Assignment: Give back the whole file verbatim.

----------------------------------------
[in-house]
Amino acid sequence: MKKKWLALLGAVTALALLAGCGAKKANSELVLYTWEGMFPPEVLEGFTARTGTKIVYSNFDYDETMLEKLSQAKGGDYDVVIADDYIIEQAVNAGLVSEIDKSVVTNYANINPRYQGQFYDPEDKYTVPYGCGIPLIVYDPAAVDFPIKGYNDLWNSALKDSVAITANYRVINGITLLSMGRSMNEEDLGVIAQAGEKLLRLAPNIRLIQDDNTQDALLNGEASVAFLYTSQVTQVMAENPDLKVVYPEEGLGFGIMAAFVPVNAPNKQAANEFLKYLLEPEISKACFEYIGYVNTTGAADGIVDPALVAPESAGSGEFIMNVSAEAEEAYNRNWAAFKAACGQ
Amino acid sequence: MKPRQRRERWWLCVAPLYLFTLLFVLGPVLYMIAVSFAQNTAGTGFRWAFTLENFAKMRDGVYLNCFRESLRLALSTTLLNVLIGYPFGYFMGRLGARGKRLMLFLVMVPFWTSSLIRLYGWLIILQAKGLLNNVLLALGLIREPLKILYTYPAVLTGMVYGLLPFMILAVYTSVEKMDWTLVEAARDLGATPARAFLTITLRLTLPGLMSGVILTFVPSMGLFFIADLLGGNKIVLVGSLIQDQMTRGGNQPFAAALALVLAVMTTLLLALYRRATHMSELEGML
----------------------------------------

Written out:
[in-house]
Amino acid sequence: MKKKWLALLGAVTALALLAGCGAKKANSELVLYTWEGMFPPEVLEGFTARTGTKIVYSNFDYDETMLEKLSQAKGGDYDVVIADDYIIEQAVNAGLVSEIDKSVVTNYANINPRYQGQFYDPEDKYTVPYGCGIPLIVYDPAAVDFPIKGYNDLWNSALKDSVAITANYRVINGITLLSMGRSMNEEDLGVIAQAGEKLLRLAPNIRLIQDDNTQDALLNGEASVAFLYTSQVTQVMAENPDLKVVYPEEGLGFGIMAAFVPVNAPNKQAANEFLKYLLEPEISKACFEYIGYVNTTGAADGIVDPALVAPESAGSGEFIMNVSAEAEEAYNRNWAAFKAACGQ
Amino acid sequence: MKPRQRRERWWLCVAPLYLFTLLFVLGPVLYMIAVSFAQNTAGTGFRWAFTLENFAKMRDGVYLNCFRESLRLALSTTLLNVLIGYPFGYFMGRLGARGKRLMLFLVMVPFWTSSLIRLYGWLIILQAKGLLNNVLLALGLIREPLKILYTYPAVLTGMVYGLLPFMILAVYTSVEKMDWTLVEAARDLGATPARAFLTITLRLTLPGLMSGVILTFVPSMGLFFIADLLGGNKIVLVGSLIQDQMTRGGNQPFAAALALVLAVMTTLLLALYRRATHMSELEGML